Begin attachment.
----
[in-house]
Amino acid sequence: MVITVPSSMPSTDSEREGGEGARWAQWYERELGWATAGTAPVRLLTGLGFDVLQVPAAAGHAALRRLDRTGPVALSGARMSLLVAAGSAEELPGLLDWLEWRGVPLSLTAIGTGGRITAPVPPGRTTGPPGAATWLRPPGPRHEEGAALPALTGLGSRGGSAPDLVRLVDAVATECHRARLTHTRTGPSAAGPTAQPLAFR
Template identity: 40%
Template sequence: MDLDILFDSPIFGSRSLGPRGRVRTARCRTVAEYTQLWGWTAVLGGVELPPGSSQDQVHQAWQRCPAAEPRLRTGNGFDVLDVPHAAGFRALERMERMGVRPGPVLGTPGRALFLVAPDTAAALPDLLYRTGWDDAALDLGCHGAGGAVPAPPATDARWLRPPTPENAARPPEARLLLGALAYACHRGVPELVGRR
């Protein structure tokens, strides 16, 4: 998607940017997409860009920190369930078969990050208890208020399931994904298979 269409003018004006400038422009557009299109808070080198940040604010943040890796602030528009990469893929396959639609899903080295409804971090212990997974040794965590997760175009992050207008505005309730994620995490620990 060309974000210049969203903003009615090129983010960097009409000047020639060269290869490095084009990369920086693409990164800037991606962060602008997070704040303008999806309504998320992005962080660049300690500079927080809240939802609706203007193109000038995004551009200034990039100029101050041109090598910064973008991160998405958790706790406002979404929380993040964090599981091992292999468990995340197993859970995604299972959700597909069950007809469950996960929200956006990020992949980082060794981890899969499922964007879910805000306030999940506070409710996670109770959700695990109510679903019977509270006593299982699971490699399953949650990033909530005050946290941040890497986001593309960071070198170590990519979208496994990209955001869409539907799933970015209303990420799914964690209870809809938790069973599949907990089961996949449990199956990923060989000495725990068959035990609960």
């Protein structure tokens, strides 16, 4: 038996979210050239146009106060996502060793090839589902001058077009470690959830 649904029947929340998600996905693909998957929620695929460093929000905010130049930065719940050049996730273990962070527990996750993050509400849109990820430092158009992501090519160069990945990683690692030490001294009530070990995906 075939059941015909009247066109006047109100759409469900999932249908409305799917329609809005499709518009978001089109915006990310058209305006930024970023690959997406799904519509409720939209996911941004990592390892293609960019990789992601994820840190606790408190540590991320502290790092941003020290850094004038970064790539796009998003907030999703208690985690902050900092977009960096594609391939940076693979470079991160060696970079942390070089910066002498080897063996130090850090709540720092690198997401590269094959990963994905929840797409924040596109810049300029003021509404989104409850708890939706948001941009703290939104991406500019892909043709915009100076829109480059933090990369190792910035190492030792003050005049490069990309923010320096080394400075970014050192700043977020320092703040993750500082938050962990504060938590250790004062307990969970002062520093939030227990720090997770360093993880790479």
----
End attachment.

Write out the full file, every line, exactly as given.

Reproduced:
[in-house]
Amino acid sequence: MVITVPSSMPSTDSEREGGEGARWAQWYERELGWATAGTAPVRLLTGLGFDVLQVPAAAGHAALRRLDRTGPVALSGARMSLLVAAGSAEELPGLLDWLEWRGVPLSLTAIGTGGRITAPVPPGRTTGPPGAATWLRPPGPRHEEGAALPALTGLGSRGGSAPDLVRLVDAVATECHRARLTHTRTGPSAAGPTAQPLAFR
Template identity: 40%
Template sequence: MDLDILFDSPIFGSRSLGPRGRVRTARCRTVAEYTQLWGWTAVLGGVELPPGSSQDQVHQAWQRCPAAEPRLRTGNGFDVLDVPHAAGFRALERMERMGVRPGPVLGTPGRALFLVAPDTAAALPDLLYRTGWDDAALDLGCHGAGGAVPAPPATDARWLRPPTPENAARPPEARLLLGALAYACHRGVPELVGRR
């Protein structure tokens, strides 16, 4: 998607940017997409860009920190369930078969990050208890208020399931994904298979 269409003018004006400038422009557009299109808070080198940040604010943040890796602030528009990469893929396959639609899903080295409804971090212990997974040794965590997760175009992050207008505005309730994620995490620990 060309974000210049969203903003009615090129983010960097009409000047020639060269290869490095084009990369920086693409990164800037991606962060602008997070704040303008999806309504998320992005962080660049300690500079927080809240939802609706203007193109000038995004551009200034990039100029101050041109090598910064973008991160998405958790706790406002979404929380993040964090599981091992292999468990995340197993859970995604299972959700597909069950007809469950996960929200956006990020992949980082060794981890899969499922964007879910805000306030999940506070409710996670109770959700695990109510679903019977509270006593299982699971490699399953949650990033909530005050946290941040890497986001593309960071070198170590990519979208496994990209955001869409539907799933970015209303990420799914964690209870809809938790069973599949907990089961996949449990199956990923060989000495725990068959035990609960």
């Protein structure tokens, strides 16, 4: 038996979210050239146009106060996502060793090839589902001058077009470690959830 649904029947929340998600996905693909998957929620695929460093929000905010130049930065719940050049996730273990962070527990996750993050509400849109990820430092158009992501090519160069990945990683690692030490001294009530070990995906 075939059941015909009247066109006047109100759409469900999932249908409305799917329609809005499709518009978001089109915006990310058209305006930024970023690959997406799904519509409720939209996911941004990592390892293609960019990789992601994820840190606790408190540590991320502290790092941003020290850094004038970064790539796009998003907030999703208690985690902050900092977009960096594609391939940076693979470079991160060696970079942390070089910066002498080897063996130090850090709540720092690198997401590269094959990963994905929840797409924040596109810049300029003021509404989104409850708890939706948001941009703290939104991406500019892909043709915009100076829109480059933090990369190792910035190492030792003050005049490069990309923010320096080394400075970014050192700043977020320092703040993750500082938050962990504060938590250790004062307990969970002062520093939030227990720090997770360093993880790479």